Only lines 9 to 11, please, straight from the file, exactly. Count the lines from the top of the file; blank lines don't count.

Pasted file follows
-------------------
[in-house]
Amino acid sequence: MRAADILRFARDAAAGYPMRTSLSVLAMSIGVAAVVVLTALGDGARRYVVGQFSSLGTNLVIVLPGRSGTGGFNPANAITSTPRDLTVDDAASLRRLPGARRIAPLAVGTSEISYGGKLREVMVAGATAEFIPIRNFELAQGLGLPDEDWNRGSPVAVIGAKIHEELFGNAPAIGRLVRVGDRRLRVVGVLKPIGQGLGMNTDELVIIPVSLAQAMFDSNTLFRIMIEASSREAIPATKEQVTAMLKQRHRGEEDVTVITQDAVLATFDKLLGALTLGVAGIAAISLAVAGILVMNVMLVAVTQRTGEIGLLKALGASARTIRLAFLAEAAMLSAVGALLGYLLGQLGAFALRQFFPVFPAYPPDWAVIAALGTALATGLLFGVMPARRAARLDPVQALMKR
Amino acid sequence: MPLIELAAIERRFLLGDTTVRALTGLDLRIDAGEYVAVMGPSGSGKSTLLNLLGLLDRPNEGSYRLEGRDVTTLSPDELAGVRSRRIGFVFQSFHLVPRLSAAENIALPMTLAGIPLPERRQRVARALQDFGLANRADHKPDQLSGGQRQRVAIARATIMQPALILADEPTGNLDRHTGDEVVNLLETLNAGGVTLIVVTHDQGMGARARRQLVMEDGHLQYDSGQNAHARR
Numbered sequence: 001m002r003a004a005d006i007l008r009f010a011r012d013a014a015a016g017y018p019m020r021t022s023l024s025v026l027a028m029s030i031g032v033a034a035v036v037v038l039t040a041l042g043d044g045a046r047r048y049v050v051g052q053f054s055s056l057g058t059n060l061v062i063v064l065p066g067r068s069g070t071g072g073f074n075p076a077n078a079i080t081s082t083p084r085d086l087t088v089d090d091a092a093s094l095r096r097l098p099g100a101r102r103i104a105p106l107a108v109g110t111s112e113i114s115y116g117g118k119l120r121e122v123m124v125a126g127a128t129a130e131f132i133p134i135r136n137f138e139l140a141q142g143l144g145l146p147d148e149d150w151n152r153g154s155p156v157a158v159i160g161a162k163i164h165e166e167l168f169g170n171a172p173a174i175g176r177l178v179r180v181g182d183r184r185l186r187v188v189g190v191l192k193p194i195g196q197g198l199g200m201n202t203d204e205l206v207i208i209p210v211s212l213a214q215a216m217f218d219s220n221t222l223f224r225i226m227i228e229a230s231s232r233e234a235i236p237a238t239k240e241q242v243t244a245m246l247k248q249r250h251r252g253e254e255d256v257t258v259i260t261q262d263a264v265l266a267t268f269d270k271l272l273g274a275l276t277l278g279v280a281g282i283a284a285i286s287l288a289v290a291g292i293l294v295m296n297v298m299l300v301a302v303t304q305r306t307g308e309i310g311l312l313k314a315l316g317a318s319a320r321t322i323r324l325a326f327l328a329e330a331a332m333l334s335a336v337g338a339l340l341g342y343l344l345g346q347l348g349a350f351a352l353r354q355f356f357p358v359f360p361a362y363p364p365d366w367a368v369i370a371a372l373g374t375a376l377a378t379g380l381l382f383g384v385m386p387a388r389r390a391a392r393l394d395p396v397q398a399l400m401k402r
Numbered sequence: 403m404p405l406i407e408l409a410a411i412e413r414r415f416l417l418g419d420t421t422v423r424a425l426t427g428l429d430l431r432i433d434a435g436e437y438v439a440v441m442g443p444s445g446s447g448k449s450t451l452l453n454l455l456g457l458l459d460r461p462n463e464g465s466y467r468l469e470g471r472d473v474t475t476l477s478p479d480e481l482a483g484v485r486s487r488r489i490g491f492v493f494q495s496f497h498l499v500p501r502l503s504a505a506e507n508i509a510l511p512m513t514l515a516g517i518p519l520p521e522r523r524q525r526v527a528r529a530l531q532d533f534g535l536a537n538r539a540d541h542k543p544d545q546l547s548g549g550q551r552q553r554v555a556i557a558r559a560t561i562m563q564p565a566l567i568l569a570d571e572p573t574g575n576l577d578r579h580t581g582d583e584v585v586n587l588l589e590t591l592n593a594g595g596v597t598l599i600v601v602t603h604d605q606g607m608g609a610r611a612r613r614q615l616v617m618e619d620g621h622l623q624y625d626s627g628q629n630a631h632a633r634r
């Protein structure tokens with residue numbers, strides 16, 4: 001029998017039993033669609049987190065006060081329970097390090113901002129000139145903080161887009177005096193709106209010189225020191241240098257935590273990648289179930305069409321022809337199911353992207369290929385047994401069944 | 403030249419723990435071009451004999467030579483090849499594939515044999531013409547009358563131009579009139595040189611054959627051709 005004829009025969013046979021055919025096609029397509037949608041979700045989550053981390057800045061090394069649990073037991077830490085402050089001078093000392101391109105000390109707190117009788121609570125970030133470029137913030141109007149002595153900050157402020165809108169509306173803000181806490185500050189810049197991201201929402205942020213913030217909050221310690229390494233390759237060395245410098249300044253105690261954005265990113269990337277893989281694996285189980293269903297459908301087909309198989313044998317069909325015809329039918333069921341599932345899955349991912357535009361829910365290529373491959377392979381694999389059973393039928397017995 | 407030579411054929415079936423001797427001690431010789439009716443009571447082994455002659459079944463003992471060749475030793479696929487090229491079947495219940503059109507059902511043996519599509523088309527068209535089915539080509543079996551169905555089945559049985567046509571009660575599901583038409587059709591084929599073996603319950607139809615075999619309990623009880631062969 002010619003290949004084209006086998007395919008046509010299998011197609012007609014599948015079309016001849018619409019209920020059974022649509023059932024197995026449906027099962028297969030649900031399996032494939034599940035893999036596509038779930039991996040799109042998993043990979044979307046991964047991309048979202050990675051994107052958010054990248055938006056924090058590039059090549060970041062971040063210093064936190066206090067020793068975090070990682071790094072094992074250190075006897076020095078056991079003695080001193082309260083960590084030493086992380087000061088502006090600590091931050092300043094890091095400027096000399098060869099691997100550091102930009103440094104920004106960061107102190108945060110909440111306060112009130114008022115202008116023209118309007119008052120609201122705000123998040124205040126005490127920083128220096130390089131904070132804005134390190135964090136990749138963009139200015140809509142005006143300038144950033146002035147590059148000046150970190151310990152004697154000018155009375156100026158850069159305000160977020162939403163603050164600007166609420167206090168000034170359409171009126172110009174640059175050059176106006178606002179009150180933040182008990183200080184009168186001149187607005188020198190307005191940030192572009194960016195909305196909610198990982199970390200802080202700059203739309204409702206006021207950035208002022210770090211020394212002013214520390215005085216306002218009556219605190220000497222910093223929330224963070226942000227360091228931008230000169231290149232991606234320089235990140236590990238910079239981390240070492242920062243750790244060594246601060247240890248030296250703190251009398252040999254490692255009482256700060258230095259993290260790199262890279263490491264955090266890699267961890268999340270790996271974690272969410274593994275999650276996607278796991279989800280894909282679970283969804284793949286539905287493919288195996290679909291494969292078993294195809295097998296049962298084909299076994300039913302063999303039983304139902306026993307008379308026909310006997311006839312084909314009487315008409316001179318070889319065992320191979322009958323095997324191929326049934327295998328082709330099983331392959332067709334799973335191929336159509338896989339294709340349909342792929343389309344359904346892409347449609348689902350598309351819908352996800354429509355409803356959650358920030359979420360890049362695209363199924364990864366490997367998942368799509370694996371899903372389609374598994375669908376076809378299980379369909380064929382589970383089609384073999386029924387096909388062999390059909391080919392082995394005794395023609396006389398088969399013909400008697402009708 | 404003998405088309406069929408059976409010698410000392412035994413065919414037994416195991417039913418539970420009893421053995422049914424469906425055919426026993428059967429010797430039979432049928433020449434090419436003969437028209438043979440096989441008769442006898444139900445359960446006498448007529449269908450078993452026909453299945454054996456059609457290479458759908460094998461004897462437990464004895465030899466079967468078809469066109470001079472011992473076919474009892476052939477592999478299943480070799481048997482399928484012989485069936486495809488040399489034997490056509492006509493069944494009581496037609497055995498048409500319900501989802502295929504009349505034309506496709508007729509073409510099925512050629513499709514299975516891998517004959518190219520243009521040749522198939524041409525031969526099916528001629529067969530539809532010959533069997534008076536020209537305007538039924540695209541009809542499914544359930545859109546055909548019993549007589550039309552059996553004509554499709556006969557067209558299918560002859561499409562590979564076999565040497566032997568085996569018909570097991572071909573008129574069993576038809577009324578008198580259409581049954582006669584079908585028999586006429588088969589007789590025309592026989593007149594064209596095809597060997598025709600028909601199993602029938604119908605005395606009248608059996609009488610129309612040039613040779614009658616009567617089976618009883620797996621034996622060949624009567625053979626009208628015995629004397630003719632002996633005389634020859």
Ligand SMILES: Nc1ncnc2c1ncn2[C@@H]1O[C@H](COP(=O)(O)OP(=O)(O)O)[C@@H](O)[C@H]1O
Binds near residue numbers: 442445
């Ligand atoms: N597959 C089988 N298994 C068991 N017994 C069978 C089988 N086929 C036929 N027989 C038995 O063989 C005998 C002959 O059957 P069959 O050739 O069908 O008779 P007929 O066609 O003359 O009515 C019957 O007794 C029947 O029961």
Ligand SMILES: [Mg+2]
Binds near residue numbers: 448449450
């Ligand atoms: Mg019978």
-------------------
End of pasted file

């Ligand atoms: N597959 C089988 N298994 C068991 N017994 C069978 C089988 N086929 C036929 N027989 C038995 O063989 C005998 C002959 O059957 P069959 O050739 O069908 O008779 P007929 O066609 O003359 O009515 C019957 O007794 C029947 O029961």
Ligand SMILES: [Mg+2]
Binds near residue numbers: 448449450